There’s always been a lot of hype about Gauthier Soho, spearheaded by the chef himself with his numerous TV appearances on programmes like Master Chef. But as Alexis has found out the hard way that you need to maintain your high standards if you are to hold onto success.
Behind a small entrance is a very cosy Victorian terrace, still broken-up into the various rooms. Coming in and being seated really builds a warm feeling and a sense of expectation. Unfortunately though for the chef, Michelin downgraded the restaurant from *1 star to nil (i.e. three sets of cutlery) in late 2012, and it’s not difficult to see why.
While the menu is filled with a giddy range of extravagant dishes, the level of the cooking is more in line with L’Escargot or Clos Maggiore, rather than Apsley’s or Club Gascon. The experience is “nice” as opposed to “wow”.
The Dorset crab is a good example of this, though, while the quality of the marinated Scottish scallops, maybe outstanding, their treatment and dressing is not ground-breaking. Fish roe is added to make it more glamorous, but sorry, this isn’t caviar (or not a good quality one as it’s very salty), so it shouldn’t be added.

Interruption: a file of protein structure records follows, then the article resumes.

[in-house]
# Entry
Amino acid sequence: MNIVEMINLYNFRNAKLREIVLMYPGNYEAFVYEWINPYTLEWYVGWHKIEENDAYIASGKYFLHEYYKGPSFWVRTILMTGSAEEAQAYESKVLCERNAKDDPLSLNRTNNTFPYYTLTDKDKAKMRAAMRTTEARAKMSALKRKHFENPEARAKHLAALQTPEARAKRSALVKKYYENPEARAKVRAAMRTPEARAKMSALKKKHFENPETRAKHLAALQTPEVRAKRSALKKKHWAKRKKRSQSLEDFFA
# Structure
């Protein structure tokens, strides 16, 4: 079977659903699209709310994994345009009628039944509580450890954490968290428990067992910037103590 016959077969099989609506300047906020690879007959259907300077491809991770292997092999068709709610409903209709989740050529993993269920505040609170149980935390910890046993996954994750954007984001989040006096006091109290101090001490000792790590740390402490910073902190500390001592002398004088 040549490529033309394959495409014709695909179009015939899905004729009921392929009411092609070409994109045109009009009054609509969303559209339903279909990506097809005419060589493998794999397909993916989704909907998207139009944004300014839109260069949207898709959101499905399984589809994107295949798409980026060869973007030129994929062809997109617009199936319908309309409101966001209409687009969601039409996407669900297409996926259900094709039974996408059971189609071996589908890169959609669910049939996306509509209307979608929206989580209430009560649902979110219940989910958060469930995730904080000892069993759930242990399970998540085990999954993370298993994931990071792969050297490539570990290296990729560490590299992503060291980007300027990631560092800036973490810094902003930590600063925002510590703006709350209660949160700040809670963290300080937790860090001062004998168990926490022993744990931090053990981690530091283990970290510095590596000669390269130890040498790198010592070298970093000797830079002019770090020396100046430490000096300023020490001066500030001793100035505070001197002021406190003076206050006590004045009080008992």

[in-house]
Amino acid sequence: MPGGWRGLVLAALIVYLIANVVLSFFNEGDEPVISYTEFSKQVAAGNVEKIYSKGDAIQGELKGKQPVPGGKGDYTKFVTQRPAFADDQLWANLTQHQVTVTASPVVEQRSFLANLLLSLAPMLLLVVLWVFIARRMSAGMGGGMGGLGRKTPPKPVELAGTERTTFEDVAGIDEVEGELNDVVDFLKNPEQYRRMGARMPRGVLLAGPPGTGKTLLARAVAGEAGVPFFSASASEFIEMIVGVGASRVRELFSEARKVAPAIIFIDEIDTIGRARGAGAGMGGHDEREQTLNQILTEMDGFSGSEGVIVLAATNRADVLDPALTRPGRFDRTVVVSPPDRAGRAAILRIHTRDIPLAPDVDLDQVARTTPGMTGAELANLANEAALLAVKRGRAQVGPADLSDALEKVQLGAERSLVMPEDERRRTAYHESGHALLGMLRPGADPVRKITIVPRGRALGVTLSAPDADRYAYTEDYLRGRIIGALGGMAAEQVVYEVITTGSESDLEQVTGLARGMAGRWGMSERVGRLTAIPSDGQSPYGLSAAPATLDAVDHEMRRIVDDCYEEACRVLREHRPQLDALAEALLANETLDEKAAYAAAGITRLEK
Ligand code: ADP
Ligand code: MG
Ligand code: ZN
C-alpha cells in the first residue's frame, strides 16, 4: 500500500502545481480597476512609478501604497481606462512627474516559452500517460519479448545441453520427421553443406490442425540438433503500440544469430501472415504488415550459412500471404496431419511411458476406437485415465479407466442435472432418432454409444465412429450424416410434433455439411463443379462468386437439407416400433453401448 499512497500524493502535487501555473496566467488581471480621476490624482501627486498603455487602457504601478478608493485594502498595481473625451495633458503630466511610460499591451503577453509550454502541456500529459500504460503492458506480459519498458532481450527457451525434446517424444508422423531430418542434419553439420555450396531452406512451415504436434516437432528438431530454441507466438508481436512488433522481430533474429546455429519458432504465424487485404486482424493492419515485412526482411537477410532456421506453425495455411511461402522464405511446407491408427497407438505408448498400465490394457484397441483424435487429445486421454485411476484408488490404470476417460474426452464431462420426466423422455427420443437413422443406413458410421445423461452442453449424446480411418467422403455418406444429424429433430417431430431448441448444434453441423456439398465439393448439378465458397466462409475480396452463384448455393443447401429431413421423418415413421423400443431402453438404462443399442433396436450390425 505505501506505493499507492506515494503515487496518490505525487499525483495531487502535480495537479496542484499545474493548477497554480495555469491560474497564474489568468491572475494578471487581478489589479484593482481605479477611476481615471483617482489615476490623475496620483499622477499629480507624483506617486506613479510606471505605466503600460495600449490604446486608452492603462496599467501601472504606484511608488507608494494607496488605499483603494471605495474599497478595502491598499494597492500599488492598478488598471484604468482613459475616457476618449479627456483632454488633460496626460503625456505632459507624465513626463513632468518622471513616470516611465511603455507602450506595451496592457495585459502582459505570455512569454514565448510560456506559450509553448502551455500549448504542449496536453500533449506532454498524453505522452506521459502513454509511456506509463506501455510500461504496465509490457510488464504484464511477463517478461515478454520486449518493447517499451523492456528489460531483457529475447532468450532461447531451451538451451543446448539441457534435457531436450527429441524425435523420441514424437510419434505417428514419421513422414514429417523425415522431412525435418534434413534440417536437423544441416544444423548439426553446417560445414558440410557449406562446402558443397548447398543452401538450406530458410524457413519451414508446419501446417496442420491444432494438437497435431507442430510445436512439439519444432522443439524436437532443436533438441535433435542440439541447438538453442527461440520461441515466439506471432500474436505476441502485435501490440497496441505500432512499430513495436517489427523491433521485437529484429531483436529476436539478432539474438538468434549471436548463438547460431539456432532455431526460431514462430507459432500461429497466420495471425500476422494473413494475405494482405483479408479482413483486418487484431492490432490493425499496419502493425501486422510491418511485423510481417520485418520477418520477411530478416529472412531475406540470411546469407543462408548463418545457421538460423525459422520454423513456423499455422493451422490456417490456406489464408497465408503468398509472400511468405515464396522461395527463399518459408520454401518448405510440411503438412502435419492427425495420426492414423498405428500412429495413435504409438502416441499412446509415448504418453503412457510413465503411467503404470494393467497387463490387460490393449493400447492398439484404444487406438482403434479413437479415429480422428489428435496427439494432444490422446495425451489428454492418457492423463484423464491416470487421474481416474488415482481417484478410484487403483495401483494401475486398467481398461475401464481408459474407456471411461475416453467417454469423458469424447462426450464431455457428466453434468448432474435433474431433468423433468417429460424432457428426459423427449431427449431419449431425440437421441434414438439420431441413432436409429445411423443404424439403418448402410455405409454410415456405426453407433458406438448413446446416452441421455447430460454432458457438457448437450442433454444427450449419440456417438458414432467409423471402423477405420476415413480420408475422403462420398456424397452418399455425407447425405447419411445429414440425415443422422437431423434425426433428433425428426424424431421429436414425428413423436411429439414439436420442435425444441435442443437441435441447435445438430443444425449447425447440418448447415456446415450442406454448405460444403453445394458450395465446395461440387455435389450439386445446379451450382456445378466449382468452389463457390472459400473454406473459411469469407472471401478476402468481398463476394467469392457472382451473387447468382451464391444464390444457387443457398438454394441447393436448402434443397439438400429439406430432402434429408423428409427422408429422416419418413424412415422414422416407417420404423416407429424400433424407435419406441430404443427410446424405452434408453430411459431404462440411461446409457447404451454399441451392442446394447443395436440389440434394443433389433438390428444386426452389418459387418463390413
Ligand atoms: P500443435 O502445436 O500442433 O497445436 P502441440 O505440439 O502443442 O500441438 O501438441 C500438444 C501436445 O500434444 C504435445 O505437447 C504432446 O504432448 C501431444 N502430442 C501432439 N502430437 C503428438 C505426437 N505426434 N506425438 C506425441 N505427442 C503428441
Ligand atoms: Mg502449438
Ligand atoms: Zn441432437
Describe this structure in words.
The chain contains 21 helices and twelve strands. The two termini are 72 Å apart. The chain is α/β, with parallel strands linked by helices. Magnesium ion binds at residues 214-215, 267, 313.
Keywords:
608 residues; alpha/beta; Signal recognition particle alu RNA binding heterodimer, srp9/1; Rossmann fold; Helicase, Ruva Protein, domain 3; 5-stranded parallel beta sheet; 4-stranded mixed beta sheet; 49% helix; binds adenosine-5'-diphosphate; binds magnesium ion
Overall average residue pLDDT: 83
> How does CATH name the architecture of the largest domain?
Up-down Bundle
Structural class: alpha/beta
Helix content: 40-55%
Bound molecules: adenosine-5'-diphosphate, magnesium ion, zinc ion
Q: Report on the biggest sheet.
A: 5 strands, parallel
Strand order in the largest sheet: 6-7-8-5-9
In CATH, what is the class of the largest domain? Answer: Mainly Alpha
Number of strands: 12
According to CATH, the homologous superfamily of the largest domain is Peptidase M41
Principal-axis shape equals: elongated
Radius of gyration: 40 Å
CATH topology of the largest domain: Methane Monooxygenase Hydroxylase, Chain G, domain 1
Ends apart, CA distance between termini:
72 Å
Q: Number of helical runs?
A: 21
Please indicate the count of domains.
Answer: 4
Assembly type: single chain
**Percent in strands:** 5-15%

And the mains are perhaps the least inspiring, with what you might expect to find on a countryside menu. Uninspired venison and pork dishes with presentation that is just as depressing. They will fill you with about as much joy as a dour Dutch masterpiece; dark and flat. However, if you scratch around a little bit, you’ll find good quality products, but they’re not cooked to any amazing standard. Though one point, and to be fair to Gauthier, he really does create some of the best desserts which most chefs are dreadful at – superb, almost exceptional. It would be worth just going for an afternoon tea.
So Gauthier leaves you with highs and lows, though it’s still a good place to go for diner, especially for romantic ones (a nice alternative to the one mentioned above). He is obviously a talented chef, he just needs to revisit his menu and focus on his best simple dishes. If he did that, he would improve leaps and bounds. There’s no need for all the fuss. As Jay Rayner would say: “when a chef starts using gold leaf on a plate, it’s to hide something…..” Perhaps some good advice.